|Pattern for Chinese Puzzle available at www.quiltwoman.com|
For example, a postal worker reviewing your passport application notices you're from Wisconsin and asks a question that inspires you to write an article that's published in a magazine with international reach that leads two friends -- one from elementary school and one from high school -- to reconnect with you. And one of them lives in the same sprawling city that you do.
That scenario has played out for me over the past couple of months. Apparently the elementary school pal -- one of my closest friends back then -- had been searching for me for a couple of years and was able to finally locate me because I included my maiden name in the publication. We've been carrying on a lively email correspondence ever since. The high school friend -- the undisputed genius of the Terror class of 1975 (yes, we were the Appleton West Terrors, a self-fulfilling prophecy if there ever was one) -- also recognized my maiden name and found me through our college alum association. We had so much fun catching up over lunch a few weeks ago.
One of the topics both friends and I have discussed, of course, is our teachers. My elementary school girlfriend and I were in the same class from 1st through 6th grades. We were part of an innovative program in which three grade levels were integrated under one teacher. We both still harbor a great affection for Mrs. Bastian (1st-3rd grade), and my friend, who earned her PhD and works for the University of Wisconsin-Milwaukee, says it was Mr. Miles (4th-6th) who influenced her toward a career in higher education.
My high school friend -- I want to call him a kid or a guy but I suppose he's more properly addressed as a man now, proving that time can do some crazy things to us -- doesn't share my feelings for our Spanish teacher, Mr. Meredith (you'll recall he referred to me as a high school age scholar; what's not to like?), but he did remember fondly that great Constitutional History class with Mr. Fanning. And he reminded me how cool our newspaper advisor, Mr. Mrotek, was, tooling around in his little Karman Ghia.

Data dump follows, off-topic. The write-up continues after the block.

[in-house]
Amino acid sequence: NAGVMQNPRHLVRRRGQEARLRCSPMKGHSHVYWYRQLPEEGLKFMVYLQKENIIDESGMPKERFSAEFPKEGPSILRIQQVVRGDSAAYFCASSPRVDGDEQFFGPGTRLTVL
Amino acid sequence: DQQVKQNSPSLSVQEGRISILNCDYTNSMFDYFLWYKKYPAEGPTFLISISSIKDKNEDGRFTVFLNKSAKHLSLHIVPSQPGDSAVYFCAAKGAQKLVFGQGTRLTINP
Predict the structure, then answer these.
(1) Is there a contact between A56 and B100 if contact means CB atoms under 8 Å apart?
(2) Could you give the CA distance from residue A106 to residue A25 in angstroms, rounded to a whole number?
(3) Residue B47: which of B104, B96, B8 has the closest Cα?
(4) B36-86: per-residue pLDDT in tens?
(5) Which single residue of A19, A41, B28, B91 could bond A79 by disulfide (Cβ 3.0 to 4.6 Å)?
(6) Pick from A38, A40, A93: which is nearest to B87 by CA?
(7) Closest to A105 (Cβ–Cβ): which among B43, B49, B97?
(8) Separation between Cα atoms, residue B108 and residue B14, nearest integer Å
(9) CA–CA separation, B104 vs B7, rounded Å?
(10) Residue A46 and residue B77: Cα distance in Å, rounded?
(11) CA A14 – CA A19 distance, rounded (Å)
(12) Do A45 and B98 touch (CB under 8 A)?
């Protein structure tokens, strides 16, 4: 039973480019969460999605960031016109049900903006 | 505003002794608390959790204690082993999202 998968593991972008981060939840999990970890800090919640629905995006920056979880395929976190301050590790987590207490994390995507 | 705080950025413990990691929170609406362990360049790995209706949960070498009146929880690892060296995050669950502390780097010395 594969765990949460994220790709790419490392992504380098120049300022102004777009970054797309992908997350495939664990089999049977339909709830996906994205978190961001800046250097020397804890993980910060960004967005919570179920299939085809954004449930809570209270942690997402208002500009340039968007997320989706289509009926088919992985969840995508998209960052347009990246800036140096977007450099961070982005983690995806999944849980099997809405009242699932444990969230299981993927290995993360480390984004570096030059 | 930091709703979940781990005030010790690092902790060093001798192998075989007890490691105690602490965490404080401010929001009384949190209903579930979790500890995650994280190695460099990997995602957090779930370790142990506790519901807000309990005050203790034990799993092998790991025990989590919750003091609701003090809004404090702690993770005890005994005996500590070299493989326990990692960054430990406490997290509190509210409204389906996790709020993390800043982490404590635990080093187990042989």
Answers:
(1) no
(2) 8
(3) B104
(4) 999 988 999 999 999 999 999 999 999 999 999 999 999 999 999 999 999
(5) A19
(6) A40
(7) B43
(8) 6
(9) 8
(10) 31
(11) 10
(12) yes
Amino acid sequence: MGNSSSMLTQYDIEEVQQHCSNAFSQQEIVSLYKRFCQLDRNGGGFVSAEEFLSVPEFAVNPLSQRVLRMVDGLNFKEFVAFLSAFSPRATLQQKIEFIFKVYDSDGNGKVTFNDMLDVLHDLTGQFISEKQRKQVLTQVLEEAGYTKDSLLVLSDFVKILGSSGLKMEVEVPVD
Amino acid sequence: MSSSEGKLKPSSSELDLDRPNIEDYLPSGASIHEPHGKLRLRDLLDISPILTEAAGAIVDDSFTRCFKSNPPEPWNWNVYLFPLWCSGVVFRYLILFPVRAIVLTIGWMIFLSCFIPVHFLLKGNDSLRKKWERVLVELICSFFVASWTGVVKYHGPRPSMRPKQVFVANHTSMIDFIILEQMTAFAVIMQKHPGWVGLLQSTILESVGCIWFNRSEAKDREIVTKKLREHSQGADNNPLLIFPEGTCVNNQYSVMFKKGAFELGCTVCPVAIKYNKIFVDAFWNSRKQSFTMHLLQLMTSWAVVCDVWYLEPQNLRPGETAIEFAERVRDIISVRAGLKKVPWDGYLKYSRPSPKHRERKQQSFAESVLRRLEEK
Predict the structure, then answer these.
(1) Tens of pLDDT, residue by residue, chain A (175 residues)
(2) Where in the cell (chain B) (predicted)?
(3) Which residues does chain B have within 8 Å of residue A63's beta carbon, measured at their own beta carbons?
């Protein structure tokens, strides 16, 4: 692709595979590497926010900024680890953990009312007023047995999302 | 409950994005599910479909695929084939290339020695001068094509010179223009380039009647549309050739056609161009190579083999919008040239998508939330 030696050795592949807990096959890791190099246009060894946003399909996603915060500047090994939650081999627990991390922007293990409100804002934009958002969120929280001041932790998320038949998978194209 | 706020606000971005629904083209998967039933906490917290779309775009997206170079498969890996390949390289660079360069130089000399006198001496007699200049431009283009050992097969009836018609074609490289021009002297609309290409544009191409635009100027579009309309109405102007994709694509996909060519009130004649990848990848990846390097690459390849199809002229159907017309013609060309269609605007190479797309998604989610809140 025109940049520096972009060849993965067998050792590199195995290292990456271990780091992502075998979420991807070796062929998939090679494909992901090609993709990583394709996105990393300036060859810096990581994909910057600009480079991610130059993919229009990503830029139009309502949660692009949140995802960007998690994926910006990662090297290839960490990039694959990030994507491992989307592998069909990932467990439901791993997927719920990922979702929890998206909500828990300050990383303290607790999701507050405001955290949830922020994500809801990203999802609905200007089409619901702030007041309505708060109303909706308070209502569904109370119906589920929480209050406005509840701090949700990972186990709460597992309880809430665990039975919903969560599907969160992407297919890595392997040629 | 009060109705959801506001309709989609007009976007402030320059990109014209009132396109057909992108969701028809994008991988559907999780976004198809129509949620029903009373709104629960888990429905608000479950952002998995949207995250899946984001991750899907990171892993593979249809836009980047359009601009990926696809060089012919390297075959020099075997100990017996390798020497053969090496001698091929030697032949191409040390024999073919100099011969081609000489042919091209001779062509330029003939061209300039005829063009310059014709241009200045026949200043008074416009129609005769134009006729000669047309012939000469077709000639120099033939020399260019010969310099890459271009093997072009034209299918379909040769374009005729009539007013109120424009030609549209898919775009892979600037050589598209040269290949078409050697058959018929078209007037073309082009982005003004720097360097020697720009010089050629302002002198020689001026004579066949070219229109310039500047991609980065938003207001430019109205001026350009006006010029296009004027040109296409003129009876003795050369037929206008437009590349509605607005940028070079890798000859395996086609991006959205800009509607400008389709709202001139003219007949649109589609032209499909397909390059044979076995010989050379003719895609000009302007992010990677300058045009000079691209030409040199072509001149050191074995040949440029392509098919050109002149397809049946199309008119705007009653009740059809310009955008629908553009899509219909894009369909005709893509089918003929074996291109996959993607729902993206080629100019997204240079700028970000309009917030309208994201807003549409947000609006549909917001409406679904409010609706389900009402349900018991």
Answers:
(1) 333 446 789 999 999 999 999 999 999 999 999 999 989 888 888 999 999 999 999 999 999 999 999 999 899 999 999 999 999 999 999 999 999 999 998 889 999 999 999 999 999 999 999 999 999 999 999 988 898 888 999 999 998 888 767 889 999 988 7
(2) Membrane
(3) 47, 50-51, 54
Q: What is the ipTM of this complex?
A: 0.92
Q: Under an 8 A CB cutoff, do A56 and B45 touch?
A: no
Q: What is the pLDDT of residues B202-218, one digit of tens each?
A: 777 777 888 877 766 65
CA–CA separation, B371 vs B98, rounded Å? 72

I think most everyone has a teacher that he or she will never forget. Among those most memorable teachers, I bet, is a friend of mine who retired today after a long career as an elementary school teacher. I haven't known this woman long, but I can tell she's the type of teacher adults look back on with gratitude.
One of the things she has shared with me is the term, Squaddling. Apparently one of her 5th graders used it to describe the way a penguin walks. Man, I think that kid is destined for literary greatness. I've appropriated Squaddling to mean puttering, but in a slightly purposeful way. I suppose it's in the same neighborhood as "Loafering," which writer Rick Bragg describes as "less active than piddling, more respectable than slacking off."
I Squaddled a fair amount in the sewing room today. Tried some provocative color combinations for The Wild Things, cut some diamonds out of florals to see if I liked them with the stripes. The jury is still out.
I'm sure it's scary to be retiring after a full and busy career, especially when you're younger than I am (but only by a few months). Heck, you have time for a whole 'nother career, if you want one.
But tonight, my friend, I want you to relax and enjoy yourself and not think about the future.
Except for how much fun and exciting Squaddling lies ahead.